After the hour mark passed, Altidore was still on the bench. Full time was soon gone, but Altidore was not even warming up. 

    Surely the U.S. star striker was going to come on as a super sub in extra time? But he never even took off his warm-up shirt.

    Leaving Jozy Altidore on the bench in one of the biggest games in U.S. history can only be seen as a huge mistake. America needed goals, Altidore was supposedly healthy and ready to play, but it never happened.

Not Doing Something About Michael Bradley

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    Julio Cortez/Associated Press

    Michael Bradley had an awful World Cup. There is no way around it, the star midfielder just did not step up when the team needed him most.

    From misplaced passes to lapses in defending, Bradley just wasn't himself in Brazil. He did have one shining moment when he assisted Julian Green, but that will never make up for his mistakes.

    Game after game, Bradley struggled to find his comfort zone. The big mistake, however, was Jurgen Klinsmann failing to address the issue.

    Granted, there were not many options to step in for Bradley, but the U.S. needed to do something. Bradley's misplaced passing cost America two vital goals in the World Cup, and sadly that will be how his time in Brazil is remembered.

Failing to Properly Prepare for the Heat

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    Julio Cortez/Associated Press

    Everyone knew that it was going to be incredibly hot in Brazil. Players were going to be drained every match and teams had to keep an eye out for fatigue. Conditioning was the key to having a deep run, but it doesn't look like the U.S. prepared well enough.

    Throughout America's four World Cup games, over half of the starting lineup had moments of dealing with cramps. Had the cramps come late in matches, there wouldn't be much to talk about, but many came early in games.

    Players like Fabian Johnson and Matt Besler had ongoing problems with their legs cramping up and the heat certainly played a factor.

    It could have just been a case of poor luck, but it seems like the heat got to the U.S. more than many of the other teams in Brazil.

Conceding Portugal's Equalizer

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    Martin Mejia/Associated Press

    As the match against Portugal was coming to a close, chants of "USA" rained down from the stands. America was about to enjoy one of the biggest wins in the team's history.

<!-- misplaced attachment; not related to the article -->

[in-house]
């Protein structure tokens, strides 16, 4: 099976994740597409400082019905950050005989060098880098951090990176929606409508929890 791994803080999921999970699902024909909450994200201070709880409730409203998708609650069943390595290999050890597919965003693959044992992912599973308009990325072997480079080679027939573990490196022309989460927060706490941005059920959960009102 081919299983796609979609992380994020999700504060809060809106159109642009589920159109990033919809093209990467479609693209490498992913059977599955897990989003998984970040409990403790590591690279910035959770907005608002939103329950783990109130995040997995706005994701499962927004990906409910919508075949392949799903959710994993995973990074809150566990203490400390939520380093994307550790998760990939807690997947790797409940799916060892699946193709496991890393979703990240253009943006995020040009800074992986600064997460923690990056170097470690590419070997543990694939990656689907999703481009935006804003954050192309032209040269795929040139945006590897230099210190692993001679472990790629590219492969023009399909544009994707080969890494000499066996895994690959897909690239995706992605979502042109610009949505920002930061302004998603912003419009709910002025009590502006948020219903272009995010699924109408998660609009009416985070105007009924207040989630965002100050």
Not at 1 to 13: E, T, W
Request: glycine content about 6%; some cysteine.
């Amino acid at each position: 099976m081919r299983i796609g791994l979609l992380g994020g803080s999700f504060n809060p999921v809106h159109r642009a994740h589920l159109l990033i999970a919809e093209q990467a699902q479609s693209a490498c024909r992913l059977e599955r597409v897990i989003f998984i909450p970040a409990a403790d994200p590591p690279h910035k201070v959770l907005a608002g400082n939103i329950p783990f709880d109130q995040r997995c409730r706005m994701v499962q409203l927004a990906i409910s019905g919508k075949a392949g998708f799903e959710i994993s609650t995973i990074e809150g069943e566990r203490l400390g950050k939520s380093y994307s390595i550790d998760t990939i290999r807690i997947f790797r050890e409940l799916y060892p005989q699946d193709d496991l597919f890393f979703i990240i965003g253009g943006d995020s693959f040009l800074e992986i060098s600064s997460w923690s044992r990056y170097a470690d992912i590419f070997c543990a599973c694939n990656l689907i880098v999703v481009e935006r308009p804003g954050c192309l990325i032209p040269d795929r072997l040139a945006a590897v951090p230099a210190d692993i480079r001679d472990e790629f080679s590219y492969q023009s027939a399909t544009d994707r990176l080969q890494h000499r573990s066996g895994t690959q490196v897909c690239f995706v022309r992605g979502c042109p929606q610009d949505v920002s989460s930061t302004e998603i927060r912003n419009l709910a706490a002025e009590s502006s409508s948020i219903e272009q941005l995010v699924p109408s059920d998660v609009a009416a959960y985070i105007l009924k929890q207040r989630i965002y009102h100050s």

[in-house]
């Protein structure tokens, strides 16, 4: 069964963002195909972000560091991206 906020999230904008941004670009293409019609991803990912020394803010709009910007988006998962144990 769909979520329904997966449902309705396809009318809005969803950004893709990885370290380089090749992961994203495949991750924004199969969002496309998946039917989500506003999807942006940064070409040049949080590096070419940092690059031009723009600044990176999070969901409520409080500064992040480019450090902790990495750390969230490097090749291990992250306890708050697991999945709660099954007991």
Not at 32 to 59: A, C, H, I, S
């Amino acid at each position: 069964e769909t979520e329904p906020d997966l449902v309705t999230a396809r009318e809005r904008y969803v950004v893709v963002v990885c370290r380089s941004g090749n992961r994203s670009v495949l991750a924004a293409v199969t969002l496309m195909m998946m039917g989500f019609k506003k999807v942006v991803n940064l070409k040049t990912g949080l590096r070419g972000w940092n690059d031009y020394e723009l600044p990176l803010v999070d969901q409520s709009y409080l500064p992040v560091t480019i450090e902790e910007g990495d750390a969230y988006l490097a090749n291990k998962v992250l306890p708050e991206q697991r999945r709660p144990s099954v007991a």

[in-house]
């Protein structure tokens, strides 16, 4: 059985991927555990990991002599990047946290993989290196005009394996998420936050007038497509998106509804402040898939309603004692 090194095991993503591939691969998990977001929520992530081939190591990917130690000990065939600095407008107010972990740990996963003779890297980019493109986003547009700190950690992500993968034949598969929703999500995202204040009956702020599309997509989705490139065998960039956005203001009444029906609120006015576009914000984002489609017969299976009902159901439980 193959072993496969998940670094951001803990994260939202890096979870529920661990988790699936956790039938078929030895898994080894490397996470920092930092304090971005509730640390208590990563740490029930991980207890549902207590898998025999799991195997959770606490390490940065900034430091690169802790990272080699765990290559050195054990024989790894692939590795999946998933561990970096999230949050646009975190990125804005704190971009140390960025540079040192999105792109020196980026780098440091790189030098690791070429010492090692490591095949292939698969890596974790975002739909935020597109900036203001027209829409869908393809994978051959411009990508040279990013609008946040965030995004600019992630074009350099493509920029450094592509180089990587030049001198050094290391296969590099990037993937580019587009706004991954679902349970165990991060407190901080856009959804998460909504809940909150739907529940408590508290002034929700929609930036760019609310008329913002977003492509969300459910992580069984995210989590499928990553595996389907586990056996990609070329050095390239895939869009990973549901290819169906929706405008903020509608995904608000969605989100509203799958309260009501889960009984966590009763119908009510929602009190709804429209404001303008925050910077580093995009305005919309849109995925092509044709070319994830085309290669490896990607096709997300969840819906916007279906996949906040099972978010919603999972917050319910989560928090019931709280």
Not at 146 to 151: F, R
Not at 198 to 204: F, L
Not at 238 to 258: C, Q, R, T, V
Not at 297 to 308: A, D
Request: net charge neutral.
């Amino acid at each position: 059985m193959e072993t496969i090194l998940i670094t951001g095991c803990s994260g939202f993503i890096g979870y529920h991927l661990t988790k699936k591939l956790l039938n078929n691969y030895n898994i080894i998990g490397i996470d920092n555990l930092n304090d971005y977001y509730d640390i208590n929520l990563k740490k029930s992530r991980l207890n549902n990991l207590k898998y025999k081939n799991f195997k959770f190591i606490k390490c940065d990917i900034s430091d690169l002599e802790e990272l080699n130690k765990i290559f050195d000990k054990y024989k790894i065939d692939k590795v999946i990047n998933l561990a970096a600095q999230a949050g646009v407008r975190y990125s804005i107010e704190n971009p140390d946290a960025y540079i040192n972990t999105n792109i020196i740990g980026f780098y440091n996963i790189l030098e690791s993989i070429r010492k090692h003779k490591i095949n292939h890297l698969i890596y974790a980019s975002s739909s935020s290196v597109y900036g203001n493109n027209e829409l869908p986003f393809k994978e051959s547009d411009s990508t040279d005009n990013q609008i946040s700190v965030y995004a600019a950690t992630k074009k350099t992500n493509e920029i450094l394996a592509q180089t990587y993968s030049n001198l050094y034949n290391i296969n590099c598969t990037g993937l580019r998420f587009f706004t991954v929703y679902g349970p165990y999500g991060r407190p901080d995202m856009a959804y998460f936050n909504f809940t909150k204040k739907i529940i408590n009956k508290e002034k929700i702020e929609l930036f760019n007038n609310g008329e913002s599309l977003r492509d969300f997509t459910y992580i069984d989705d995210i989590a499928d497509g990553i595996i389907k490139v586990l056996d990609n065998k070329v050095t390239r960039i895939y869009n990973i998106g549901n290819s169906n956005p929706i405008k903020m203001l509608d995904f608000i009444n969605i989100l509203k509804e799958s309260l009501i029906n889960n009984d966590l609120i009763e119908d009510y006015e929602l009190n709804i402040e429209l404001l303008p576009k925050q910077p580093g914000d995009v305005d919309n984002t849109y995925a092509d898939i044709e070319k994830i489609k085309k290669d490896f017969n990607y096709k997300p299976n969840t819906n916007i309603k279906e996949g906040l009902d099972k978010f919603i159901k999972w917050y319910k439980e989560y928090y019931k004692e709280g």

Just when the game looked finished, Cristiano Ronaldo whipped in a stunning cross which Silvestre Varela headed home in the last seconds to give Portugal the 2-2 draw. U.S. fans were completely stunned, but all hope was not lost.

    Though America could have won, getting a draw was still a good result and the U.S. eventually escaped the group.

    Looking back, if America had not given up that equalizer things could have been different. America could secured a spot in the next round and players could have gotten a bit of a rest against Germany.

    Beating Portugal also would have given America unrivaled confidence going into the knockout stages, though their confidence was already unbreakable. 

    Beating Portugal likely wouldn't have changed much for the U.S. in this World Cup, but letting that header ripple the net that late in the game was heartbreaking.

Expecting Tim Howard to Do It All

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    Robert Cianflone/Getty Images

    Tim Howard was unbelievable in Brazil, and the argument could even be made that he was the best keeper in the World Cup. He made 16 saves against Belgium on Tuesday, but it just wasn't enough.

    At times, it seemed as though the U.S. defense slacked off knowing that Howard had them covered. That was definitely the case against Belgium, as the American back line got more exposed as the game went on.

    Trusting Tim Howard was not a mistake by any means, but expecting him to cover for all of the defensive problems definitely was. 

    It was hard to watch Belgium put two goals past Howard after his incredible performance to that point, but honestly, it was miraculous that Belgium had not scored several times already.

    The U.S. defense was just not good enough to hold back opponents at times, and rather than trusting Howard to bail them out, changes needed to be made to shore up the back line.

    America's defense was spectacular at times in the group stage, but that wasn't the case against Belgium. Tim Howard needed help, but it just wasn't there.

Leaving Landon Donovan at Home

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    Tony Avelar/Associated Press

    The jury is still out on the decision to leave Landon Donovan out of the U.S. squad. Though America played tremendously well without him, there were certainly times when Donovan would have been an improvement on the pitch.

    The U.S. struggled to keep possession in this World Cup and never caused much trouble in attack. Donovan would have helped both of those issues out, but he was not on the squad.

    Looking back, America had a wonderful run in Brazil without Donovan. The case can be made that he wasn't needed to get this far. Yet, the case can also be made that he would have helped in some moments.

    The world will never know what would have happened if Donovan had been in Brazil, but we can make numerous assumptions. Should he have come or was Klinsmann right to leave him home? 

     

    What were America's biggest mistakes in the World Cup? Should the USMNT have gone further in the tournament? Leave your thoughts and comments below!